The Islamic insurgency in Northeastern Nigeria flared up again over the weekend and into Monday. In three separate attacks unknown gunmen caused numerous casualties. On Sunday night, gunmen attacked a village in the state of Kaduna, reportedly leaving around 34 dead. Earlier that day, gunmen also attacked a church, also in Kaduna state, killing one and injuring many. Finally, an attack on an army base in the Northwestern state of Sokoto came under attack allegedly from the Islamic State (ISWAP), killing 22 soldiers.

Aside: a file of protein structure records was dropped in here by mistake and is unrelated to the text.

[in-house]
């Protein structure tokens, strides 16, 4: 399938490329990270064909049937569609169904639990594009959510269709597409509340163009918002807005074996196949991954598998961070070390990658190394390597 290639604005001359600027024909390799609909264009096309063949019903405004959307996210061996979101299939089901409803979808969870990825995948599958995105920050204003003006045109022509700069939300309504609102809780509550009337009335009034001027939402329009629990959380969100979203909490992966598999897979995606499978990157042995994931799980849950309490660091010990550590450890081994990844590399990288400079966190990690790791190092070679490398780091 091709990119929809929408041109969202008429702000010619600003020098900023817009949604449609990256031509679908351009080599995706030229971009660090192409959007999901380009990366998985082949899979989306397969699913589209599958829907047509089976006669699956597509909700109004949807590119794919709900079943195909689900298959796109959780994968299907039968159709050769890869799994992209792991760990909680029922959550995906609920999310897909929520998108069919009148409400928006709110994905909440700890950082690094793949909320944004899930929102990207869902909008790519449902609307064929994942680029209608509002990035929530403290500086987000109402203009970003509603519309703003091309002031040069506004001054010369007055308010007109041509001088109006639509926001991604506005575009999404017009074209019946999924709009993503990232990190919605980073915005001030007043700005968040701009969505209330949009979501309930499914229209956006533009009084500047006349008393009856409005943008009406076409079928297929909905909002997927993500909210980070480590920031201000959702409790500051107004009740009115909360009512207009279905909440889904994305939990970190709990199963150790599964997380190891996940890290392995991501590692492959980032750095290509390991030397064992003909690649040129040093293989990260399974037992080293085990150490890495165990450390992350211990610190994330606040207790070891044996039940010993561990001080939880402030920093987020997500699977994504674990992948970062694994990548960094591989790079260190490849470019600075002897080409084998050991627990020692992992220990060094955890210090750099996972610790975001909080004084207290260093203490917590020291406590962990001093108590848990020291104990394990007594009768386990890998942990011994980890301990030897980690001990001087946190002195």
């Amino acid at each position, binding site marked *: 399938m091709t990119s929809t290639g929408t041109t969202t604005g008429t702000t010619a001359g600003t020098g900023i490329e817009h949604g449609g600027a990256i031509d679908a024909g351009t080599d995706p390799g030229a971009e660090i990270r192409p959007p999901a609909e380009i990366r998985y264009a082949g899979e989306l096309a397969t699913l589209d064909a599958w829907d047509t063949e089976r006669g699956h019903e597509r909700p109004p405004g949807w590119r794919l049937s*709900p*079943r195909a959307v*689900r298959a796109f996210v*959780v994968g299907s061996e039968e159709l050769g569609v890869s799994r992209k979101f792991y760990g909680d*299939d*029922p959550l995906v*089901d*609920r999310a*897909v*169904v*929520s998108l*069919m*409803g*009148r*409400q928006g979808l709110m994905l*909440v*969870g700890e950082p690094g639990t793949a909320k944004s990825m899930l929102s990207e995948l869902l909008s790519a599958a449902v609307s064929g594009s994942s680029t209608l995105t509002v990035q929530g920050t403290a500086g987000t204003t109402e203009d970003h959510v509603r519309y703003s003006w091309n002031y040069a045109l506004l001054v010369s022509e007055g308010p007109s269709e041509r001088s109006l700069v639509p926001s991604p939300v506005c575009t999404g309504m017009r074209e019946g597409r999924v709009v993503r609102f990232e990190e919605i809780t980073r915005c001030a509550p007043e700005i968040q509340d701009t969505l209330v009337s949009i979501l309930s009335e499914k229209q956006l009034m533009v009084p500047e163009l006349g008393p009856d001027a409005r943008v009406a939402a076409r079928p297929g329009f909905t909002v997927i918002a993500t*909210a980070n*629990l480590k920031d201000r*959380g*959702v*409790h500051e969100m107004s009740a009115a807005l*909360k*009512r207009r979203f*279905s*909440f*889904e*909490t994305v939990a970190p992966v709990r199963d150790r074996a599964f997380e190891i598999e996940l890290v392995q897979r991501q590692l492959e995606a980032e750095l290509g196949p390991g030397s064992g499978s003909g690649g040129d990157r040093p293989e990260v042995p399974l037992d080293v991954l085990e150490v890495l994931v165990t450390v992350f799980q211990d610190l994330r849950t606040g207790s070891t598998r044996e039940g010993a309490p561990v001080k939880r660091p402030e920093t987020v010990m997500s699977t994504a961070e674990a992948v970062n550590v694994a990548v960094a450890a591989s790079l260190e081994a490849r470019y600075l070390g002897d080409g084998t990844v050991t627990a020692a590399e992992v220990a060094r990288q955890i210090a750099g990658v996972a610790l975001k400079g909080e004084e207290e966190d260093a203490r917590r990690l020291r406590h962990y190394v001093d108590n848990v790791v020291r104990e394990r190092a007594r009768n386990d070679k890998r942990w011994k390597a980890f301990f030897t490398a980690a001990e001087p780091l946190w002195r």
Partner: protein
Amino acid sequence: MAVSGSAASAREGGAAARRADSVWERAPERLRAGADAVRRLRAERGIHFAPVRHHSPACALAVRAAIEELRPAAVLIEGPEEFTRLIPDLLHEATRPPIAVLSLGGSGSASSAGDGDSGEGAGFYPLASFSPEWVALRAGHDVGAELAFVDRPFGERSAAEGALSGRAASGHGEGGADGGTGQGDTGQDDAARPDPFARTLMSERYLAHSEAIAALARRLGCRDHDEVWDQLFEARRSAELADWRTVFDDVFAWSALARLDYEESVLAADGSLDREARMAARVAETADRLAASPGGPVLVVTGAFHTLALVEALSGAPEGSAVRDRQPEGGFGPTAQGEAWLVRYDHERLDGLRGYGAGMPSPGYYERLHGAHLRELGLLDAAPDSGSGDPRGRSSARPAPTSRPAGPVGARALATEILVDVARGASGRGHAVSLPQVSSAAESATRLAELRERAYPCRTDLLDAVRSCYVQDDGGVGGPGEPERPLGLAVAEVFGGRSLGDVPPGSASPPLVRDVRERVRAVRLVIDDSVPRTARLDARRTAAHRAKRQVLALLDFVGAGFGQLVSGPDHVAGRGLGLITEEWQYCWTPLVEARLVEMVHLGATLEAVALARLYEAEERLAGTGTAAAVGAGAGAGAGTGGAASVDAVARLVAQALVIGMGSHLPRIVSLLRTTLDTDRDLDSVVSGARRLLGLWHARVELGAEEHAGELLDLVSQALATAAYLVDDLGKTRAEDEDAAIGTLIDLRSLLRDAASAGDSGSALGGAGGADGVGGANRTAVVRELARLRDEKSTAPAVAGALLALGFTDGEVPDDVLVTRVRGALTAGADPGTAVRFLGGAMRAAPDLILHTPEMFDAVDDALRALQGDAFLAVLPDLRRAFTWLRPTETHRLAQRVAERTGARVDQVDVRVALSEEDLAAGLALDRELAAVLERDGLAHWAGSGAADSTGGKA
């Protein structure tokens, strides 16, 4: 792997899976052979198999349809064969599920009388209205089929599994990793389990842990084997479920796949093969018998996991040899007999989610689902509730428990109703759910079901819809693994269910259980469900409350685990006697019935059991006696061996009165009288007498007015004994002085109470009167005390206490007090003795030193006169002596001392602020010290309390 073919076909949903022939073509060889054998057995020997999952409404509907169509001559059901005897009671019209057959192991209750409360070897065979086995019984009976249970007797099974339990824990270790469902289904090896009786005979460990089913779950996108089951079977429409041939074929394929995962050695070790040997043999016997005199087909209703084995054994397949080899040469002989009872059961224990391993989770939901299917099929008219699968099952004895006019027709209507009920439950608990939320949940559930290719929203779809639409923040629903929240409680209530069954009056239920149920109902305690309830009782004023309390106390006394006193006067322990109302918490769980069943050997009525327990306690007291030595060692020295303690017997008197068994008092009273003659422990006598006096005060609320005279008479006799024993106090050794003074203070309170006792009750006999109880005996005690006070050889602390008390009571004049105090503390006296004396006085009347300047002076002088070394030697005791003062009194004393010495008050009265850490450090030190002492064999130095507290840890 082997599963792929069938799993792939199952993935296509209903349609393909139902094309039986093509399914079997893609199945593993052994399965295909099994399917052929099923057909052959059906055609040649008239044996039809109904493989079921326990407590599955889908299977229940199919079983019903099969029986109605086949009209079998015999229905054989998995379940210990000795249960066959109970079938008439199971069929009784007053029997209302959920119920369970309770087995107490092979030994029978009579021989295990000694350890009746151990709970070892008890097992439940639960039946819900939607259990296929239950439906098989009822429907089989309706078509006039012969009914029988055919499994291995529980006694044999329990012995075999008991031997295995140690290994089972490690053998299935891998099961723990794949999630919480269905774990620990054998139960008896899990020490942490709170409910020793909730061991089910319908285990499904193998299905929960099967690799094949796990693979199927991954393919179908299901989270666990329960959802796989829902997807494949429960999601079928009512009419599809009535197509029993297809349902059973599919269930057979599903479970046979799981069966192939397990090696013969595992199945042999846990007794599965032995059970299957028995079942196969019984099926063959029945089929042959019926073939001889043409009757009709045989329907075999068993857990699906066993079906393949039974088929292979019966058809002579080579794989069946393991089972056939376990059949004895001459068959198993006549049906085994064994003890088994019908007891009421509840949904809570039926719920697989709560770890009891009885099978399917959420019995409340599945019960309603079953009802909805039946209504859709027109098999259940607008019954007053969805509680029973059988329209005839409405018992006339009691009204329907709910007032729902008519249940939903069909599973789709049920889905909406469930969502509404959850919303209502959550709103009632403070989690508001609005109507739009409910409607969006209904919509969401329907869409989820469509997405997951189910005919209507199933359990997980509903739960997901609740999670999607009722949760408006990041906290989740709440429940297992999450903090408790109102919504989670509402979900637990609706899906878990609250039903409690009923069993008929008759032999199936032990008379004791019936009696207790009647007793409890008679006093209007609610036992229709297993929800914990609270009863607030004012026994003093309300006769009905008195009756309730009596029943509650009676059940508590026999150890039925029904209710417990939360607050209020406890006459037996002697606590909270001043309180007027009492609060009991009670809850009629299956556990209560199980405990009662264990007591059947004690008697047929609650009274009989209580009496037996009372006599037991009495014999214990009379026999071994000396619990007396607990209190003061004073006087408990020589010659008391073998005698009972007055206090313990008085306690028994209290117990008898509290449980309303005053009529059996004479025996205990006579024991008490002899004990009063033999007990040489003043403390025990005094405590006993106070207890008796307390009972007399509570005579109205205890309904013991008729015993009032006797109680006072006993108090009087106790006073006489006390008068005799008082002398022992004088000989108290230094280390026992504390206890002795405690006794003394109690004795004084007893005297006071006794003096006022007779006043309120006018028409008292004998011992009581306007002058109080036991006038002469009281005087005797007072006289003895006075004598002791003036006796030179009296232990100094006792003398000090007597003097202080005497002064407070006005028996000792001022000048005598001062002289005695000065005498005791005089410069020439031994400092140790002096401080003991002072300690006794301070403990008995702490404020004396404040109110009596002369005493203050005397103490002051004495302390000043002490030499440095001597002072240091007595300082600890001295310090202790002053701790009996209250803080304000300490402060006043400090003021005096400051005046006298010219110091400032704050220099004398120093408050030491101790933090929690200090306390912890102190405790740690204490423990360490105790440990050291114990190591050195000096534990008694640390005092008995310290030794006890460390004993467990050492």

These attacks represent not only a disastrous loss of (mostly innocent) life, but also stands in sharp contrast with hopes of government and counter-intelligence hopes that the mass-surrenders of a few weeks ago had turned a page in the insurgency. To the contrary, the attacks both this week and last week have shown that the weakening of Boko Haram has not slowed the pace of radical Islamic attacks. It has instead emboldened ISWAP and the myriad of armed criminal groups on-the-ground to strike at civilian targets, with the apparent idea that attention has focused to rooting out Boko Haram. None of the attacks have been formally claimed yet, so it is possible some group outside the two big threats (BH and ISWAP) is responsible for the violence in Kaduna state, but once again we will not know unless an actor takes responsibility or the government releases a statement.